Plans are in the works for a trip up to the Bois Brule, and perhaps the Cranberry River, Flag River, White River, Marengo River, Sioux River, or who knows where. Hopefully the fish will be our guide.
I can’t wait to see that lovely tanin-stained water, hear the wolves howl, and see the flash of those silvery fish in the riffles. I’ll be keeping my eye on the fish forums to see how our chances look for getting up there during a run.
For now, here are some memories of last year’s visit…
Wood Turtle on the banks of the Bois Brule River, Wisconsin
Stephen Rose: Extreme Trout Fisherman
S. Rose on the incredible Bois Brule River, Wisconsin
The Amnicon River in Douglas County, Wisconsin
On Wednesday, April 6th at about 10:30 pm, Stephen Rose and I bid farewell to our families and drove west to the Kickapoo Valley. We set up camp quickly and woke up to a frosty, bright morning. Our day was, in our short history of fishing for trout, one of the best yet.
The goal was to continue gaining experience fishing with fly tackle, with the hopes of having success connecting with trout. That goal was met, but there were so many other bonuses in the form of beautiful sights, sounds, and experiences. It was an incredible day!
Last Night's Hammocks in the Kickapoo Valley Reserve
Pre-fishing breakfast preparation
A Driftless spring seep running down limestone
Here's lookin' at you, fish.
Tom's Wooly fools a Driftless Trout
This man is happy.
Driftless Brown on a White Wooly Bugger
Stephen Rose working a bend pool on a Kickapoo River Tributary
Beautiful Meander in Wisconsin's Driftless
Working the Wall
Is this for real? Driftless Wisconsin Trout Water.
Brown Trout, Wooly Bugger
Casting to a lie
A Stealthy Approach
The Garden of Eden?
Stephen Rose with at Driftless Wisconson Brown Trout
Working a limestone wall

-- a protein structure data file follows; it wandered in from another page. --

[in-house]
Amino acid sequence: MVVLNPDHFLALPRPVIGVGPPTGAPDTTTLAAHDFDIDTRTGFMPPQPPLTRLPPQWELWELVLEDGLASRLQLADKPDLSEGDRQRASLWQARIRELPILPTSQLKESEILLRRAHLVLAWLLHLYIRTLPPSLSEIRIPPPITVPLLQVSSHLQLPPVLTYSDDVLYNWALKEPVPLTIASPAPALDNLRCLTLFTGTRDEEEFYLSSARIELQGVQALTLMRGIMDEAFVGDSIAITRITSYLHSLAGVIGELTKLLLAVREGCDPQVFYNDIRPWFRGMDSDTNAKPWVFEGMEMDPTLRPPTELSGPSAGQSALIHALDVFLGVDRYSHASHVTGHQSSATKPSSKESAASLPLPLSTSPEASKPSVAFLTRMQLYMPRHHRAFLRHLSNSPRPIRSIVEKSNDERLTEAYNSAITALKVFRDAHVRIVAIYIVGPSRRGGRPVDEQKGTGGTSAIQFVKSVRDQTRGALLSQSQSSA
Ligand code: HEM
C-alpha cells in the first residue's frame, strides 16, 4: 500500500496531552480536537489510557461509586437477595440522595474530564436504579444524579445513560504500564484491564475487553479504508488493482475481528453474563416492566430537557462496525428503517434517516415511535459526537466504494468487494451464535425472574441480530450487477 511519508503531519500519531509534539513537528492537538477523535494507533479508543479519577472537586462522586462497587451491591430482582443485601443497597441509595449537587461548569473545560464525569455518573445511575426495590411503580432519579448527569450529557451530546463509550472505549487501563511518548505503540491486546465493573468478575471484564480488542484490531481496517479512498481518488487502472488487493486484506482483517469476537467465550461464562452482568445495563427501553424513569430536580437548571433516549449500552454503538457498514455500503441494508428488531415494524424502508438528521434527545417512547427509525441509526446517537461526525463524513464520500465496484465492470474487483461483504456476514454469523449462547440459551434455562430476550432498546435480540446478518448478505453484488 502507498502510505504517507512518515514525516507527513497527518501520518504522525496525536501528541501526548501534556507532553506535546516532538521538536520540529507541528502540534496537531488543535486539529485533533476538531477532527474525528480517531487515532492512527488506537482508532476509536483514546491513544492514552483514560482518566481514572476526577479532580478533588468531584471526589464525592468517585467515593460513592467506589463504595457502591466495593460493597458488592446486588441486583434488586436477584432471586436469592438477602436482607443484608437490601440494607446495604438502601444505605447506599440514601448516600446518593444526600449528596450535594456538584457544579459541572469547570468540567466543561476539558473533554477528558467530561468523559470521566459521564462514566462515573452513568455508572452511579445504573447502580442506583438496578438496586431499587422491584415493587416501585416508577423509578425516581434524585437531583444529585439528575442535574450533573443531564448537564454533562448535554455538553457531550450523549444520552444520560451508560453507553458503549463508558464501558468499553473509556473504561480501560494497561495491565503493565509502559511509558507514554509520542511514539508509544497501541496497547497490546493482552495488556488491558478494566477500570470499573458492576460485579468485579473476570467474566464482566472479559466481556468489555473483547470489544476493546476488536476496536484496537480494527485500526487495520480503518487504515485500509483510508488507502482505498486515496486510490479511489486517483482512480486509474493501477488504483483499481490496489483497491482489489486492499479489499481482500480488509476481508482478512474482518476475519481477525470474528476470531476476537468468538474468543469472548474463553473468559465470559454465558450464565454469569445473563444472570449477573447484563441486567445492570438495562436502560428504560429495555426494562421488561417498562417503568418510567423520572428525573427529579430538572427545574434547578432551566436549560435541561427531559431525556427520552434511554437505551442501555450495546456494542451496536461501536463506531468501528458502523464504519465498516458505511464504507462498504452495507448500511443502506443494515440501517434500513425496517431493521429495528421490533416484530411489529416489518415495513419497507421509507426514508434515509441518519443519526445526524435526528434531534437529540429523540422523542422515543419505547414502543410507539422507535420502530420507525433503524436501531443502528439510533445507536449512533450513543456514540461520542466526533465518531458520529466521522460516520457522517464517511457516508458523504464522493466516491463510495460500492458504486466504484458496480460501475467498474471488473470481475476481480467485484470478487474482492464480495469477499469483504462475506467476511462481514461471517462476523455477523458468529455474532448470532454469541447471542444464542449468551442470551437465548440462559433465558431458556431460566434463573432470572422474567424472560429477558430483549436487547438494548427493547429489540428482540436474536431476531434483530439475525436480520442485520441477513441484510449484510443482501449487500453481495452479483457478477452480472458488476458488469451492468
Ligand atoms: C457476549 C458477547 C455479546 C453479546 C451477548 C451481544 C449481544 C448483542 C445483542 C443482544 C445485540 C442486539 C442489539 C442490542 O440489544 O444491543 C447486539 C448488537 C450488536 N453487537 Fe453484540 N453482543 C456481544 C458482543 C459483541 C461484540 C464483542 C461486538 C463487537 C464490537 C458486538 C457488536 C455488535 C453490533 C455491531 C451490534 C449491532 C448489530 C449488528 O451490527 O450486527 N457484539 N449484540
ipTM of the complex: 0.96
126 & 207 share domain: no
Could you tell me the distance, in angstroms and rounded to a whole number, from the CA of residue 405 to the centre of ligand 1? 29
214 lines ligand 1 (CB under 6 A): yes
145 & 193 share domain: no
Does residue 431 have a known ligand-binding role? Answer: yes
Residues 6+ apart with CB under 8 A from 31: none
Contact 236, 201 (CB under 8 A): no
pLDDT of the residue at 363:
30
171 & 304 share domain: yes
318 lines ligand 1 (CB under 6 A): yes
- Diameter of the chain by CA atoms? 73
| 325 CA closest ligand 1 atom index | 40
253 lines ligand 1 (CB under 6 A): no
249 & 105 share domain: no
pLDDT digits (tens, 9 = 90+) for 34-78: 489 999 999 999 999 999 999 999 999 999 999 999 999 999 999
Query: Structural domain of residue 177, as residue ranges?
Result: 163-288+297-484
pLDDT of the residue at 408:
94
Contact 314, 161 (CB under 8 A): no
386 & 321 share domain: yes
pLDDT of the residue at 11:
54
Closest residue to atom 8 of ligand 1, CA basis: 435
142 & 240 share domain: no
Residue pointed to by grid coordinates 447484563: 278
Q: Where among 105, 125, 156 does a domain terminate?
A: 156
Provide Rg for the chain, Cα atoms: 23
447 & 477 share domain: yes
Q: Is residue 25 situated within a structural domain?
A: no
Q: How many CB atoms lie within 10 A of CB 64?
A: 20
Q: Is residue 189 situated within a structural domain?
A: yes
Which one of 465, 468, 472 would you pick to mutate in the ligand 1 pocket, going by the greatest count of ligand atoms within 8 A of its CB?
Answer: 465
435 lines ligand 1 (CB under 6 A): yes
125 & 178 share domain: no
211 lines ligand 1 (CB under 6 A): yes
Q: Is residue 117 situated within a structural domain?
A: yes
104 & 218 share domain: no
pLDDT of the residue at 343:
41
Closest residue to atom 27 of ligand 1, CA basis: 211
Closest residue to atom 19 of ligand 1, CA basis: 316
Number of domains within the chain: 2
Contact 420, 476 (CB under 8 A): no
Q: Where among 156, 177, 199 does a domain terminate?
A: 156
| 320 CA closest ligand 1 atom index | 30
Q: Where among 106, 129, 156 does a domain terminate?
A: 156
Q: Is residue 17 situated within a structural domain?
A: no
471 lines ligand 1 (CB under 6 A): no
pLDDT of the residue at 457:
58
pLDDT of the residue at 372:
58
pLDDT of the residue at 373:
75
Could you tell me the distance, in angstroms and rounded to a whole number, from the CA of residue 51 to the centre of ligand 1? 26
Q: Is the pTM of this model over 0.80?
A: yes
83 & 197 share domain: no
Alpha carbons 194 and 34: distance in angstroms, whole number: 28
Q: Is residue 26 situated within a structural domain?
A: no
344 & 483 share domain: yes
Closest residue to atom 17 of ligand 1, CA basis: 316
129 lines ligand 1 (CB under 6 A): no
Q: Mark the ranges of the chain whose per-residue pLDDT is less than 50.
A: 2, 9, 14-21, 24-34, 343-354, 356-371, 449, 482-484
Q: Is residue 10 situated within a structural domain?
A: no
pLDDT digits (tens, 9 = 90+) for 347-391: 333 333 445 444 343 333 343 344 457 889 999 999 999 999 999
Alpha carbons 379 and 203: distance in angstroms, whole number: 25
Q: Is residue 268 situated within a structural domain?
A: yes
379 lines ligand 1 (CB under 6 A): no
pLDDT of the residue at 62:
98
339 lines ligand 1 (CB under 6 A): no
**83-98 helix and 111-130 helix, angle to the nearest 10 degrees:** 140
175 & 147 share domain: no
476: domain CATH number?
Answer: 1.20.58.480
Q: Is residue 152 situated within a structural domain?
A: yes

Stephen Rose, Successful Fly Fisherman
Driftless Trout Stream
Bode wading Gordon Creek
With schools closed and three young boys beating down the walls of my house, I decided to temp fate and drag them all out to the countryside to check out some spring creek scenery. I’ve fished Gordon Creek a handful of times, but this is the first opportunity I’ve had to visit the upper reaches of the drainage. Fish were spotted and my boys had a good time playing by the water’s edge (or in the water depending on the wardrobe). The creek ran clear and looked about like it does any time of year. I suppose this is a nice thing about the headwaters of a spring-fed creek. It’s reliably consistent.
- Upper reaches of Gordon Creek
Afternoon sun on Gordon Creek
After half an hour on this upper section – the younger boys really wanted a campfire and a couple of hammocks hung, and this was not public land – we headed down the road a ways to a spot where this sort of thing would be possible. So, here we are enjoying s’mores and the bubbling of Gordon Creek. The water was chocolate milk and was running deep.
S'mores and a nice place to sit!
Nice, isn't it?
Sheppy lounging - Optical Illusion: he is several feet away from the fire...